By all accounts, he rarely consulted with his shadow team on an individual basis, and yet he made policy statements. He repeatedly declared war on his own shadow cabinet. He opposed them. His experience in politics is only to adopt positions, not to negotiate with others.

Jeremy's supporters would have us dismiss the entire PLP as 'Blarite' or 'Tories', or worse (go on twitter to find much worse). But we would be foolish to ignore what they have been saying telling us from their experience of his leadership.

Jeremy Corbyn has succeeded in uniting his PLP, but only in as much as he has united them against his leadership. Now, when anyone expresses similar concern they are subjected to the same dismissal of their points. They are not listened to. The reply is always simply 'if you would support him' then it would be different.

Corbyn's supporters won't listen. They are on a mission. It is their way or none. That is what is so damaging about them. That is what is so damaging about Momentum. That is what is wrong with Jeremy's leadership - 'his way or none'. And then there is Momentum, a party that now straddles the Labour party.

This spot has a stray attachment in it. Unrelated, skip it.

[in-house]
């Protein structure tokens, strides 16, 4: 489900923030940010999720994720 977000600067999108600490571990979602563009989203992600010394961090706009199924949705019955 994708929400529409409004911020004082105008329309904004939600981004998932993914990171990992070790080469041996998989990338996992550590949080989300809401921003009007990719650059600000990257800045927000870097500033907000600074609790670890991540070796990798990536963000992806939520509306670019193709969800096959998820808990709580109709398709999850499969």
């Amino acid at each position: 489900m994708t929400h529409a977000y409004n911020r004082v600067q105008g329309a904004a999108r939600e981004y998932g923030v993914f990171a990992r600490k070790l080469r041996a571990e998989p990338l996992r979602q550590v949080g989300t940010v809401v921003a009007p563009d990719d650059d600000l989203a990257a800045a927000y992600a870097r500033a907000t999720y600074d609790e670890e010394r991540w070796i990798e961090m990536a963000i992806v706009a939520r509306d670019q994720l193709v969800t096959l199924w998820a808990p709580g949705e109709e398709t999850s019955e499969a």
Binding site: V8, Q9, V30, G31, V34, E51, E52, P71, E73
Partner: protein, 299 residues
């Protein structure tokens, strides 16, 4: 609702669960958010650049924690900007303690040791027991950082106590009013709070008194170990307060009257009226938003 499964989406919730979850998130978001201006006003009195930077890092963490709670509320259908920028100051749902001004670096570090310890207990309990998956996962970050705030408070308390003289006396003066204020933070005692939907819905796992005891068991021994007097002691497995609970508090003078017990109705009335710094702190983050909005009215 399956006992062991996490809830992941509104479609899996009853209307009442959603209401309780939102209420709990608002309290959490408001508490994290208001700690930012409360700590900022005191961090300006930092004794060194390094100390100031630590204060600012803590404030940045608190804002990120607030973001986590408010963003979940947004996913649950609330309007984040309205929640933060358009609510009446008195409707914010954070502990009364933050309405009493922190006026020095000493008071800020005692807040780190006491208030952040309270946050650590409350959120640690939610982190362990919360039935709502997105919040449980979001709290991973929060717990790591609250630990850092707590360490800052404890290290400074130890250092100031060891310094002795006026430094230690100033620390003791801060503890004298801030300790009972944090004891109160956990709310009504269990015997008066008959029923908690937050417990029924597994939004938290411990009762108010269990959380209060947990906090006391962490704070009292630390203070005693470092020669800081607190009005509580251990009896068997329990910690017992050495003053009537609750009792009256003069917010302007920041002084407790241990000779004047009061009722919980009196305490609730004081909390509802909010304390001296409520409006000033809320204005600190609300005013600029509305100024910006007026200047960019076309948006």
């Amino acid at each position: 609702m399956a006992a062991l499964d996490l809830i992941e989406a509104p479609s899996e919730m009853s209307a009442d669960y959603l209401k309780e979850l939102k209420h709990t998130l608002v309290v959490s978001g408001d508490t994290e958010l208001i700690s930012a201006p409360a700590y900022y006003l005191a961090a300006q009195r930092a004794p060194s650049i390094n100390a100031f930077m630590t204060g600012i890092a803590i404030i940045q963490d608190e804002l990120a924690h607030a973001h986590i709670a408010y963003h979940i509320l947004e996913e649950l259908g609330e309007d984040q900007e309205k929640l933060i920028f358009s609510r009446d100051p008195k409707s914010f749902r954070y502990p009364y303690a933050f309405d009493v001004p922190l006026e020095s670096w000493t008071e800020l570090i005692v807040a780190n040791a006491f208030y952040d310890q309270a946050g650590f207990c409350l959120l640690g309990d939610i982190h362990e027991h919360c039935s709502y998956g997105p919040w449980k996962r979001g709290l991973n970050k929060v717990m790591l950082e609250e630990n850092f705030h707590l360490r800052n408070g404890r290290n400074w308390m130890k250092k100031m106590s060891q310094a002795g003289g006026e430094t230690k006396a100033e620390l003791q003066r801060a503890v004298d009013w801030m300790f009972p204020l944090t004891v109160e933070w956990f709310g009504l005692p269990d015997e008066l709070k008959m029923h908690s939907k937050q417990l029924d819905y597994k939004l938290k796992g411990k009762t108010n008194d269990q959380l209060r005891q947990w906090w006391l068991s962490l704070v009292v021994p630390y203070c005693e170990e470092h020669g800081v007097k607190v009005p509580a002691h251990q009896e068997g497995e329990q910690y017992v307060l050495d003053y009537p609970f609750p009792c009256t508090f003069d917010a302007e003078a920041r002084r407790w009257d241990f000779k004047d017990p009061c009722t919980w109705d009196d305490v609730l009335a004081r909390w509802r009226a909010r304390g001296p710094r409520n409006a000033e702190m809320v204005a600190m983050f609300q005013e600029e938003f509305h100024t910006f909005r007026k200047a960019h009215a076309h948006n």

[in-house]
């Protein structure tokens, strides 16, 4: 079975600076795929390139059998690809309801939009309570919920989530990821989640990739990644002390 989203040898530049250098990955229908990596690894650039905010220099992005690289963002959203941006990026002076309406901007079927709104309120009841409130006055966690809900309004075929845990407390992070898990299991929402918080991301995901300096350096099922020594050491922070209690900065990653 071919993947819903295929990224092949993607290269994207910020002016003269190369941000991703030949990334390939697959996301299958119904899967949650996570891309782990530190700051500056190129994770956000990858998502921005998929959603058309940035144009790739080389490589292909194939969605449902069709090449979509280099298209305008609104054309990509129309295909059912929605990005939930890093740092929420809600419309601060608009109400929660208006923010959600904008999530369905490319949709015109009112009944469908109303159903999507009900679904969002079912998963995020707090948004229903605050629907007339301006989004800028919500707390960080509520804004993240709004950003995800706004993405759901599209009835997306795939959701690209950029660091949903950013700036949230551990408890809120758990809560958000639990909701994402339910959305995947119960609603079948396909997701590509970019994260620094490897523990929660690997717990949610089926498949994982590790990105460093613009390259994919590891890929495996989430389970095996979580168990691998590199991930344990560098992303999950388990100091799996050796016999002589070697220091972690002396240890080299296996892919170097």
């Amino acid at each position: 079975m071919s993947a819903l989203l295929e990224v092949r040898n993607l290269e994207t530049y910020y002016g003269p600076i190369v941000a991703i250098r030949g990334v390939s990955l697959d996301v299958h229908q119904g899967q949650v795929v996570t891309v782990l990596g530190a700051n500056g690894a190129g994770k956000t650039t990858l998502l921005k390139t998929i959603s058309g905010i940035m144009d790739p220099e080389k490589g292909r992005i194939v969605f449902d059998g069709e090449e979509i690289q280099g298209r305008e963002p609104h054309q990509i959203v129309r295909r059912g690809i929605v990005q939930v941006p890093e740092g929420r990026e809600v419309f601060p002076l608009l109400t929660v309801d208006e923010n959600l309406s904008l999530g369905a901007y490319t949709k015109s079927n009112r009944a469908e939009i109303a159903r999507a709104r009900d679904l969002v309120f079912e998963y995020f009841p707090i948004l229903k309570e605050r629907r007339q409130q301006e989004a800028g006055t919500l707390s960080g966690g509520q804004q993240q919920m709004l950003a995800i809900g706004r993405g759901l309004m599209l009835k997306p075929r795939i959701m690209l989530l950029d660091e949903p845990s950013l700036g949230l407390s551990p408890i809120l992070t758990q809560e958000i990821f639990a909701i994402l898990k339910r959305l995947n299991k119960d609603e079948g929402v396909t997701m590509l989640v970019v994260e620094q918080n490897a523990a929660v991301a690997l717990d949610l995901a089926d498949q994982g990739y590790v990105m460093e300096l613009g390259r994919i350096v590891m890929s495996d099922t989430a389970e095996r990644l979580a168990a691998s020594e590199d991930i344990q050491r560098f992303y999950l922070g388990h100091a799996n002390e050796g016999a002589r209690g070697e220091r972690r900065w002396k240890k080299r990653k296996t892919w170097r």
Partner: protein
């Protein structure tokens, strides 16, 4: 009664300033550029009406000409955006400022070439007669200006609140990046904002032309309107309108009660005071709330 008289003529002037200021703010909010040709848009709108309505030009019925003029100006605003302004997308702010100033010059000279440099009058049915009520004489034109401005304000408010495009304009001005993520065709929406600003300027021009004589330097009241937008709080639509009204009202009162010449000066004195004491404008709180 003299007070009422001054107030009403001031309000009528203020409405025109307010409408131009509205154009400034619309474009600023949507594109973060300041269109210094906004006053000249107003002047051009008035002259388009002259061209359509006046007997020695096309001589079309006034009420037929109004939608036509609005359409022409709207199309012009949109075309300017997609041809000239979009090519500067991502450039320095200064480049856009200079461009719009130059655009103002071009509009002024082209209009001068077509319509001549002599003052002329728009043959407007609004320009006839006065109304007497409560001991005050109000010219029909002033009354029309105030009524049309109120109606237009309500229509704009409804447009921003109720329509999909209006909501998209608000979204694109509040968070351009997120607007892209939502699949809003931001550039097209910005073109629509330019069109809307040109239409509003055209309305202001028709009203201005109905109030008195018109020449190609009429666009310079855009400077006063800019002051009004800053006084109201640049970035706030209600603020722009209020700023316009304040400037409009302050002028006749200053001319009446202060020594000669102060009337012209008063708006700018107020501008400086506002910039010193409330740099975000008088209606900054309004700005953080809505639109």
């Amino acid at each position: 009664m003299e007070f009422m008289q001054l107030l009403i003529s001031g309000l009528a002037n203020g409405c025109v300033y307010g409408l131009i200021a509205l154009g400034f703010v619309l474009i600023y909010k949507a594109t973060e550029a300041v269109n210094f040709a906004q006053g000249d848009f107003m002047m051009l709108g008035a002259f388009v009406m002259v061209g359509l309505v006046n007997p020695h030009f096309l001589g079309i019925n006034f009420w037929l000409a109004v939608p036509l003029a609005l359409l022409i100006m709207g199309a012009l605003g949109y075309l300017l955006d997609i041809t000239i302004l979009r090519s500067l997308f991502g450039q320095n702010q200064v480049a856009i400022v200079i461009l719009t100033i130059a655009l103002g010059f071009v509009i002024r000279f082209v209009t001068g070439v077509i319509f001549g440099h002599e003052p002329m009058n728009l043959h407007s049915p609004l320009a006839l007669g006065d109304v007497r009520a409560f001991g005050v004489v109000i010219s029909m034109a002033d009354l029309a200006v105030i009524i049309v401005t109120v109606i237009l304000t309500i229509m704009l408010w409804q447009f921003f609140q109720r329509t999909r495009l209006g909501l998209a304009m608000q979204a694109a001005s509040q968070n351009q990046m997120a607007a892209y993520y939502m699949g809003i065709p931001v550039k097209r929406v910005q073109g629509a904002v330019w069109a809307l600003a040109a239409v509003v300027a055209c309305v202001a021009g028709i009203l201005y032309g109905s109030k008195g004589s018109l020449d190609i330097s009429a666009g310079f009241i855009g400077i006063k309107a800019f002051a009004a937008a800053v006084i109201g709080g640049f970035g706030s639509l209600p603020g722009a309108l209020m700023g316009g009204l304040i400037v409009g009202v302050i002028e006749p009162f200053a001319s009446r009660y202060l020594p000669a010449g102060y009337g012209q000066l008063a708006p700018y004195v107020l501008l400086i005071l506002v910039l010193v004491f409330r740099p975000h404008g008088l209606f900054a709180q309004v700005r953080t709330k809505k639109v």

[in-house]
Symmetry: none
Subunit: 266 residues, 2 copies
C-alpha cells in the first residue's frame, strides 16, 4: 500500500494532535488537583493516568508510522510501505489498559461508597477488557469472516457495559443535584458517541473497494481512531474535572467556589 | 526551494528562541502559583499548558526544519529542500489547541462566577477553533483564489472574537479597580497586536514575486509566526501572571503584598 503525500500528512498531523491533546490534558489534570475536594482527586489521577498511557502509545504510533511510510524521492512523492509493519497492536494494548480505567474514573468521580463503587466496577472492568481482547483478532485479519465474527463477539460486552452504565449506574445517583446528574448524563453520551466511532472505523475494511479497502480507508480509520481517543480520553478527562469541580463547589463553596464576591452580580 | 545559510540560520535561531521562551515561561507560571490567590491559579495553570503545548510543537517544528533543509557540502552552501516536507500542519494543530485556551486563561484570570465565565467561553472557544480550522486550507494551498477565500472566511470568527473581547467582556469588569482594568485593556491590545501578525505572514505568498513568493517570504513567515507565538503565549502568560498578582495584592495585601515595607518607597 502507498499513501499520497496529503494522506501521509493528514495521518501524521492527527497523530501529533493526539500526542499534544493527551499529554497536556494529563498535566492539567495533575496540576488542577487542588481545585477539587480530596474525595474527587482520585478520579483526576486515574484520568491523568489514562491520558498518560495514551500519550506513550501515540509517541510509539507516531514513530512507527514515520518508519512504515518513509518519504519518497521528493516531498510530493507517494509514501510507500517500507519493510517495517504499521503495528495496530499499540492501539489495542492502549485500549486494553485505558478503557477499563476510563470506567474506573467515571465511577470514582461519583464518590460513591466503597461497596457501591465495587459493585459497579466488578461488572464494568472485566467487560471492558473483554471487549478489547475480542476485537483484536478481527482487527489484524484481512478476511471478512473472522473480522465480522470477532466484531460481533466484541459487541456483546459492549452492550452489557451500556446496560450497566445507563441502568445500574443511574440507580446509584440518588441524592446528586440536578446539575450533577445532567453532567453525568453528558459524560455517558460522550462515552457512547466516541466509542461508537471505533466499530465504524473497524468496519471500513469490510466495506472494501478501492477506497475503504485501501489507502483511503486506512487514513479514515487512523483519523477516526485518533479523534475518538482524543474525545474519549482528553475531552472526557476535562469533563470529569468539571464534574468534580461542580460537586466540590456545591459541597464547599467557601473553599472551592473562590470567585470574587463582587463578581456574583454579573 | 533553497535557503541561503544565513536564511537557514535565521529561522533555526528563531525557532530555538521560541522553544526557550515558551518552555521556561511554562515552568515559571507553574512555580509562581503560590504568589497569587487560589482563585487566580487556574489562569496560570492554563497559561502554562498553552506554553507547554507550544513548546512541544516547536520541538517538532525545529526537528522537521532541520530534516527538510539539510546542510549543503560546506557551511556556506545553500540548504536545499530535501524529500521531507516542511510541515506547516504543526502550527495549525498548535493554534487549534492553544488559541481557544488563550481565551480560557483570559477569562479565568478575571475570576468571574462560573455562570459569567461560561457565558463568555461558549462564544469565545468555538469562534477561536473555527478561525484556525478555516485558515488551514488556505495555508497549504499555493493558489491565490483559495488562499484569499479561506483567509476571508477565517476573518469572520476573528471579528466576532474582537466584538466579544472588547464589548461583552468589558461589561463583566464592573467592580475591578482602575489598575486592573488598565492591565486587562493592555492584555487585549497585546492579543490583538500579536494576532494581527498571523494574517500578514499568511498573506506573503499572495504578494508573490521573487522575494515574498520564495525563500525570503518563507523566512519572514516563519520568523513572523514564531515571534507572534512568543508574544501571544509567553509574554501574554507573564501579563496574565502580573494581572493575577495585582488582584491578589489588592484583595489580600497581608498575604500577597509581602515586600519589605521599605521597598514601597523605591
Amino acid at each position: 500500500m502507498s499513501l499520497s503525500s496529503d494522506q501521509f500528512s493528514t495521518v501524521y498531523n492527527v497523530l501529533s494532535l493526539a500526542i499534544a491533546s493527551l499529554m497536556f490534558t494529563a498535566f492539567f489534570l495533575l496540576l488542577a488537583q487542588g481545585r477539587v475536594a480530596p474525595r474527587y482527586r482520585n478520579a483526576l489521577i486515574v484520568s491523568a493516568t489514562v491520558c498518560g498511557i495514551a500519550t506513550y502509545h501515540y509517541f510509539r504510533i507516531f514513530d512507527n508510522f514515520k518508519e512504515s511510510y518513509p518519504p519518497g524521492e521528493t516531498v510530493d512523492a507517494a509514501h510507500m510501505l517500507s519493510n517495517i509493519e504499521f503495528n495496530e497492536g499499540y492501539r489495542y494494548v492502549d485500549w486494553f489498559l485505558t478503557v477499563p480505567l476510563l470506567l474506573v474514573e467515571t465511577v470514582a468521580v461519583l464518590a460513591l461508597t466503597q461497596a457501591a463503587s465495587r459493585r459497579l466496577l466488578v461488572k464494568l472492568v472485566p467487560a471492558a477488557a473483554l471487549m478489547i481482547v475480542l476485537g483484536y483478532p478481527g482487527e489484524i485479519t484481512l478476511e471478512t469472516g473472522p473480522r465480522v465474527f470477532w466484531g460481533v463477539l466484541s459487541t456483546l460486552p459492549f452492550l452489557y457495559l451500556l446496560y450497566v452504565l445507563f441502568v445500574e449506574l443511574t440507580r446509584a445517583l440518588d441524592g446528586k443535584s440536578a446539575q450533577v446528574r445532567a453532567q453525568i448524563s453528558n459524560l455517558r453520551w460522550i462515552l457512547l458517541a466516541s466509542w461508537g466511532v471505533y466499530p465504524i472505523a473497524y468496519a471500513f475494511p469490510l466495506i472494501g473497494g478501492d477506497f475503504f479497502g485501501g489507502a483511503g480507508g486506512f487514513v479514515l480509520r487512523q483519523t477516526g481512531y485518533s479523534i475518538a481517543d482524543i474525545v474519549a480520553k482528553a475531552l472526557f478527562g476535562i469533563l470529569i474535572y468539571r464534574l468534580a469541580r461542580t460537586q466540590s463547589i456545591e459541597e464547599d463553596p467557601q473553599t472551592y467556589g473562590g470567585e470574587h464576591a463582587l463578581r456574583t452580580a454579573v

Momentum is not just 'Labour supporters'. It embraces also The Socialist Party (former Militant Tendency) and The Socialist Workers Party. Neither of these parties wish Labour to succeed. Yet they bus people to Corbyn rallies.

I have voted for Owen Smith 2016. I believe Jeremy is leading Labour to destruction because of his 'take it or leave it' approach to policy. It is their way or none, and that ignores a substantial number of members who do not support 'his way'.

Labour's greatest achievements have come through compromise. They come though embracing the broader church of the Labour party not narrowing it. The NHS, welfare reform, equality legislation and much more was achieved by being electable, not by saying 'its my principles or none!'. To achieve little is easy enough, to achieve much is difficult. It requires more than a wish list. It requires a coherent programme on the economy and on social policy. It requires priorities and a degree of pragmatism about what can be achieved. But nothing can be achieved without power. Nothing can be achieved without reaching out and addressing voter concerns and becoming electable. We need a Labour government.

A good leader does not hold his party ransom for his principles. That is unprincipled.